You may be ISO to the core, but the Form3 platform is still your best gateway option

ISO20022 standardisation isn’t just about message formats and isn’t an achievable reality. But you can still avail of the richer dataset that ISO enables at the payment schemes, without the complexity, by using our scheme agnostic services. Form3 is ISO20022 compliant, so you don’t have to be. 

Mark Staunton - Customer Success Director @Form3 August 23, 2021 - 7 minutes

ISO20022. It has been on the radar for a long time. When I moved to London in 2006 to start working in treasury operations, one of the first projects I spent time on was a mapping document from SWIFT MT to MX messages. Despite some notable earlier movers, it has taken the wider industry a bit longer than I expected to make the switch, but we are certainly past the tipping point now. With numerous payment schemes already using messages from the ISO20022 catalogue, and more transitioning in the coming years, it may appear that there is value in banks making their core systems ISO native also. Surely that's the best way to align with the external schemes and get the most value out of the new messages?

Well, in short, no.

For starters, not everything has moved to the ISO20022 standard yet. So what do you do - migrate your core platform to ISO now but use some middleware to give backwards compatibility? Or delay your core upgrade until enough schemes have migrated, knowing that this could extend out for years? 

Let's take the case of a bank which only needs the SEPA payment schemes (all already using ISO20022 standard message types). You've deployed an ISO native core, you've built/bought an ISO compliant gateway. You're all done, right?

Not quite.

Every year, you'll need to stand up a project team to assess the 'updated' message standards and ensure all your infrastructure is compliant. Maybe you don't need to make a change every year, but you do need to spend resources to get to that conclusion.  Maybe only the gateway needs to be updated, but then you'll be drifting away from the original alignment with the core.  Your gateway software provider might manage the change for you (for a fee no doubt), and then charge you again when your version of the software is no longer supported.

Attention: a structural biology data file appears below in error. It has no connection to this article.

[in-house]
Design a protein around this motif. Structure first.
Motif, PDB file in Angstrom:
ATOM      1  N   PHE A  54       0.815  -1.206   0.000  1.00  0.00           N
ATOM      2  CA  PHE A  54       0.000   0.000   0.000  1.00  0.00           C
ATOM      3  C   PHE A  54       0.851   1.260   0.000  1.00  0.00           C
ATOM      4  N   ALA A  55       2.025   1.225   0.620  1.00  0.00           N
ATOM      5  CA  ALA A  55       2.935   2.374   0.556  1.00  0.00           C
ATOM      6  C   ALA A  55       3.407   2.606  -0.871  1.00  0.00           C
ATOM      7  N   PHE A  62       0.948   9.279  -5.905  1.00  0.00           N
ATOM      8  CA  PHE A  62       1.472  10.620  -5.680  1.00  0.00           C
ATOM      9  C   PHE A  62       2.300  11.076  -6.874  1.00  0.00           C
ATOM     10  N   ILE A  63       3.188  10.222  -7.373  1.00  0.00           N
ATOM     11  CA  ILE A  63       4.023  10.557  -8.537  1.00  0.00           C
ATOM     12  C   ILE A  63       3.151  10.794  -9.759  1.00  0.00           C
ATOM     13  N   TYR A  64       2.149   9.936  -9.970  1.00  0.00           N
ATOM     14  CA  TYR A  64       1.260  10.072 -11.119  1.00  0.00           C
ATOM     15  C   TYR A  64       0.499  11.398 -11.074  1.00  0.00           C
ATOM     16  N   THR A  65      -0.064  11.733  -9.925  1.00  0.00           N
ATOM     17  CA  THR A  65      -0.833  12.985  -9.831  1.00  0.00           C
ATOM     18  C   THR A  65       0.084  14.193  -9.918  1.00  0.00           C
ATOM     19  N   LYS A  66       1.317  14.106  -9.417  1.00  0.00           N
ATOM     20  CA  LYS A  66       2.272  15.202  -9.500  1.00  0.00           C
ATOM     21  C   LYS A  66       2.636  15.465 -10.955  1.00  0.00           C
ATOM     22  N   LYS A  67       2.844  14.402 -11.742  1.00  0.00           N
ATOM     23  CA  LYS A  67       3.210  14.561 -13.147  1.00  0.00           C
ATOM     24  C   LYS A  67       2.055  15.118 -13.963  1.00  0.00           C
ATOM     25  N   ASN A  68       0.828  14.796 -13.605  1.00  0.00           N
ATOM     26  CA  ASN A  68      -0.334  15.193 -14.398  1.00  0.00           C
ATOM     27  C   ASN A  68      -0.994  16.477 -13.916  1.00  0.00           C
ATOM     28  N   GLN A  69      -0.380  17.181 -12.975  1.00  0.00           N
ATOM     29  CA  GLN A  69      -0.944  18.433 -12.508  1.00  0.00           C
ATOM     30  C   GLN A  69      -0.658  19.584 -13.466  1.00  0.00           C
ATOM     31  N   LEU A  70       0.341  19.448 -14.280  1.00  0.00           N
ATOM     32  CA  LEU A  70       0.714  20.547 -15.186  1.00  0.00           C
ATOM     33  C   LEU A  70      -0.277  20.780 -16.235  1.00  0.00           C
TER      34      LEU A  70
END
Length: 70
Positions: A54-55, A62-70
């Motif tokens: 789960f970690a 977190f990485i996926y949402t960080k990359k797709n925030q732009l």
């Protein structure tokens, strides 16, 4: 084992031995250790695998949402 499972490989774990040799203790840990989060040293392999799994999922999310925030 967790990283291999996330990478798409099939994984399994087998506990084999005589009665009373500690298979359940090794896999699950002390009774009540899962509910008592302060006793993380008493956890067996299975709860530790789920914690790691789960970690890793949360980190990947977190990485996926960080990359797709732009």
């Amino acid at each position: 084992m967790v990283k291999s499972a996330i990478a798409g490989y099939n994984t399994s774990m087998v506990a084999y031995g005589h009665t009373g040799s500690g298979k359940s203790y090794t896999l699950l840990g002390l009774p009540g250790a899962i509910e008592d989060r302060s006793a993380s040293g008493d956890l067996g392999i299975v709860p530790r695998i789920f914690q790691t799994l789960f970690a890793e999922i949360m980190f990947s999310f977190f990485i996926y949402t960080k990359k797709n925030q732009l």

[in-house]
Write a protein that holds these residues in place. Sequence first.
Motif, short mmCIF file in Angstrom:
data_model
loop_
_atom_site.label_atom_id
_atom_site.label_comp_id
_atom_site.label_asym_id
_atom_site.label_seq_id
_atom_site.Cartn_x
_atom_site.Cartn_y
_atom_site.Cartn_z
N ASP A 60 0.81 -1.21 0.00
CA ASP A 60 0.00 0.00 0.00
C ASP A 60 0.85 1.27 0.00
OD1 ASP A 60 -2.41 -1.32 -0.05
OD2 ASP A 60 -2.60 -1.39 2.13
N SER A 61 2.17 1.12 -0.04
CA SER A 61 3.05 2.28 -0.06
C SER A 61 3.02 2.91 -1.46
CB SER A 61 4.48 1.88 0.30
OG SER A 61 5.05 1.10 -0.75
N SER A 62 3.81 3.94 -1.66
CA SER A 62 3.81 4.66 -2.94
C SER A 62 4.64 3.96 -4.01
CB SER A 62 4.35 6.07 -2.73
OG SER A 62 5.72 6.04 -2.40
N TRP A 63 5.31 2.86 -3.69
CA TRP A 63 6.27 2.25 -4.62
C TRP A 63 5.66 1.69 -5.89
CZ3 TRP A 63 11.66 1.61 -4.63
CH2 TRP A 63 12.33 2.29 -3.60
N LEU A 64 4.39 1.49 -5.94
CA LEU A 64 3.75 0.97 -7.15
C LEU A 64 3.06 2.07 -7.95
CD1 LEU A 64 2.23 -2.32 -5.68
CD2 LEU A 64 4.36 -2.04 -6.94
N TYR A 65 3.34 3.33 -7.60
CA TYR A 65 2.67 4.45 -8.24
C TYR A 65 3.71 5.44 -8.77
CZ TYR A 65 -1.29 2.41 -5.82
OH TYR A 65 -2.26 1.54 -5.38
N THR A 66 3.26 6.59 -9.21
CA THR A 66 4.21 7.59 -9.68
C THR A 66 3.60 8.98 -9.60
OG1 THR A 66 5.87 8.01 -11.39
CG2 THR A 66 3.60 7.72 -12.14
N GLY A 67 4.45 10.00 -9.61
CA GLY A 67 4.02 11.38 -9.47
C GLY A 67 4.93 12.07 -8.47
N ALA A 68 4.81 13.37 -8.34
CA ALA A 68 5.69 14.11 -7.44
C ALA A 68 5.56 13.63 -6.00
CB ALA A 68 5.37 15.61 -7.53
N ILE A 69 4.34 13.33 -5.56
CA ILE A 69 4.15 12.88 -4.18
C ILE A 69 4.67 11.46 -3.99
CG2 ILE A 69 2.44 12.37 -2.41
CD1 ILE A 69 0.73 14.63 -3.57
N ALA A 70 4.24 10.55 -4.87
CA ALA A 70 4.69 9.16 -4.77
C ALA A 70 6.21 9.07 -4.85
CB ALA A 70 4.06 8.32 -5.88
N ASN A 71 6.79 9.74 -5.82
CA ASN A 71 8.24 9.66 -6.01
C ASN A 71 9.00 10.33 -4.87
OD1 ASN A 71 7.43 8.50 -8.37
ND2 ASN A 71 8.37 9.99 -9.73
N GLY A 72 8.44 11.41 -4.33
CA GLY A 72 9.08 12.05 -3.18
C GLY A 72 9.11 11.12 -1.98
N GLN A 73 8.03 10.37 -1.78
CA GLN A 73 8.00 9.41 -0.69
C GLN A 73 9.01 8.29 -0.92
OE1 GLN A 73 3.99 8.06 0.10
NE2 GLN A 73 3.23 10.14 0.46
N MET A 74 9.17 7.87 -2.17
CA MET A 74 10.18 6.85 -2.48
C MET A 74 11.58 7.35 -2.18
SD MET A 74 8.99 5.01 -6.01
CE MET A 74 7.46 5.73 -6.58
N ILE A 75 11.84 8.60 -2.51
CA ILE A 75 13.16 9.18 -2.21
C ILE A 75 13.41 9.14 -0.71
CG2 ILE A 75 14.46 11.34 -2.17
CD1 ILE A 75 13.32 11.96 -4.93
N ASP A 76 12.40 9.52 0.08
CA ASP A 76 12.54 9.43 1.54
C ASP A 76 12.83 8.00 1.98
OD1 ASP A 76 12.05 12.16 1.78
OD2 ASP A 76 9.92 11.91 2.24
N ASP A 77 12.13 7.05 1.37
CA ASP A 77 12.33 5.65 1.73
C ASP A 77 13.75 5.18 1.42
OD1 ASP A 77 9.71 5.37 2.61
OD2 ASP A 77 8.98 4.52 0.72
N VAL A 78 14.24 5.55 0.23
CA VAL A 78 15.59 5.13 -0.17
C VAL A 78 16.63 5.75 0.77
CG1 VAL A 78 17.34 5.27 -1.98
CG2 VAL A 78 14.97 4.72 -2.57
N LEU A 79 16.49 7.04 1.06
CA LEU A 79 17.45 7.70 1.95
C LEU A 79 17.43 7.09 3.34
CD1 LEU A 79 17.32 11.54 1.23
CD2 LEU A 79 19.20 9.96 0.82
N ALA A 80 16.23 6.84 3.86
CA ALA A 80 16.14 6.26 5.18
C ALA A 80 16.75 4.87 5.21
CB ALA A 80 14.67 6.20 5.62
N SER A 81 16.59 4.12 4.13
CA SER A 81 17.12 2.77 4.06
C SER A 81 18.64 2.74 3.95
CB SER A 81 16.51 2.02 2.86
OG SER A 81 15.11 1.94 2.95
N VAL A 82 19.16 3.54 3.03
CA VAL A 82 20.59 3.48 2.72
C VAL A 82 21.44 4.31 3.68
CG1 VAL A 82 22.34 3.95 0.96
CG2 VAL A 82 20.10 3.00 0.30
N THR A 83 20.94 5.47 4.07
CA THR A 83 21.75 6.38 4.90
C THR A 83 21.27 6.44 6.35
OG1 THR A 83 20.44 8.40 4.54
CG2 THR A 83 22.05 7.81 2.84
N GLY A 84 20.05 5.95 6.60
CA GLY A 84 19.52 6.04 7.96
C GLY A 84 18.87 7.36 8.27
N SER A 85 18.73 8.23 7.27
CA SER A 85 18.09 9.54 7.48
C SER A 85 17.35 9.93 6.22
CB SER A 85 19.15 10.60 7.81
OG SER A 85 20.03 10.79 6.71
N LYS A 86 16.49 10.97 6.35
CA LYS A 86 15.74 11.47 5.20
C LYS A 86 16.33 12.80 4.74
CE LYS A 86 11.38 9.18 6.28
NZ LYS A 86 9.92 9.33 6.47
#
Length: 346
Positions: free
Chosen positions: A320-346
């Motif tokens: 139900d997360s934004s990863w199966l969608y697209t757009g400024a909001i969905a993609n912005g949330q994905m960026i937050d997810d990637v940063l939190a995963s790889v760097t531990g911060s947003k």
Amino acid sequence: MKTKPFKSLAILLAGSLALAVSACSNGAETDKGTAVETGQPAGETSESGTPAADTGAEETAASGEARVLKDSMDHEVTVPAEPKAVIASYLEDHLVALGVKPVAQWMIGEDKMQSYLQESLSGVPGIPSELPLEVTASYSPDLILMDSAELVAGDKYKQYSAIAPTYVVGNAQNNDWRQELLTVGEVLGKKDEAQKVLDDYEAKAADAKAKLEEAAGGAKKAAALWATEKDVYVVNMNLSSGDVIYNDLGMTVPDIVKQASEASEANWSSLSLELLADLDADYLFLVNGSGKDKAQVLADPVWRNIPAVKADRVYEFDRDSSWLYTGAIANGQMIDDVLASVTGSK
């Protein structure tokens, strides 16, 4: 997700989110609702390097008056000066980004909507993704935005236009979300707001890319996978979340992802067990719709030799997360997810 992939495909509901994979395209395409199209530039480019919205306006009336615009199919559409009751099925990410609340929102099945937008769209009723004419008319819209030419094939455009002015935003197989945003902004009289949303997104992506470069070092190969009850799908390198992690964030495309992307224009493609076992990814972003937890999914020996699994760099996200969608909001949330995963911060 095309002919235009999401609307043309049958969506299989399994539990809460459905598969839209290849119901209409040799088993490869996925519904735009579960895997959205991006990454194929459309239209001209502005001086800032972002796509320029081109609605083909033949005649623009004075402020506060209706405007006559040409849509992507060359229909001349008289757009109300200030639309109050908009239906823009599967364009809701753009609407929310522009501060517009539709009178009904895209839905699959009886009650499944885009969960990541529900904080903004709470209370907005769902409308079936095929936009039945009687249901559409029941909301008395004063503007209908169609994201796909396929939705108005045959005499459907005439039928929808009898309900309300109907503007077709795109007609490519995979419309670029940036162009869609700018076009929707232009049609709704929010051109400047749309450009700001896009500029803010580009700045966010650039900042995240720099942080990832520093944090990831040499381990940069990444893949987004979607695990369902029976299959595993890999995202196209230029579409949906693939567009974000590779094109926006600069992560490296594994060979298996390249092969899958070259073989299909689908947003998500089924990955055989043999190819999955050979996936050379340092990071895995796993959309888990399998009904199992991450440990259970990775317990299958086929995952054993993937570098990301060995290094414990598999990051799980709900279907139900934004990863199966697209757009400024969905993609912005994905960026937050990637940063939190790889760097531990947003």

Start adding more payment schemes across multiple geographies, some ISO 20022 compliant and some not, and the nirvana of end-to-end format alignment rapidly disappears. Add to this the cost of managing the tech to connect to each scheme, some of which will need to be onshore in countries you may not want to have a physical presence in, and your simplified solution doesn't look all that simple. But if you stay with your legacy format, even for flows where a translation service is offered, you will lose out on the richer dataset that ISO offers.

So, what's the solution?

Form3 is the solution. No matter what format your core platform uses, connect once to our single payment API for any payment scheme. We abstract the payment information from any underlying format so you don't have to. We ensure compliance with the schemes we face into. We run the infrastructure. We are adding more schemes with no change to our API.  Our platform is maintained with daily updates at no additional cost to you. We dynamically scale to meet your growing volumes. All of this frees your resources and investment to focus on your customers.

ISO20022 standardisation isn’t just about message formats and isn’t an achievable reality. But you can still avail of the richer dataset that ISO enables at the payment schemes, without the complexity, by using our scheme agnostic services. We are ISO20022 compliant, so you don’t have to be. 

Mark Staunton

Customer Success Director @Form3

Mark Staunton is a Customer Success Director at Form3. In the past 15 years Mark has gained valuable insight into the challenges of legacy payment processing on both the buy and sell side through working in cash management, settlement and reconciliations operations and payments product management at Goldman Sachs, J.P. Morgan Chase, Close Brothers and HSBC.”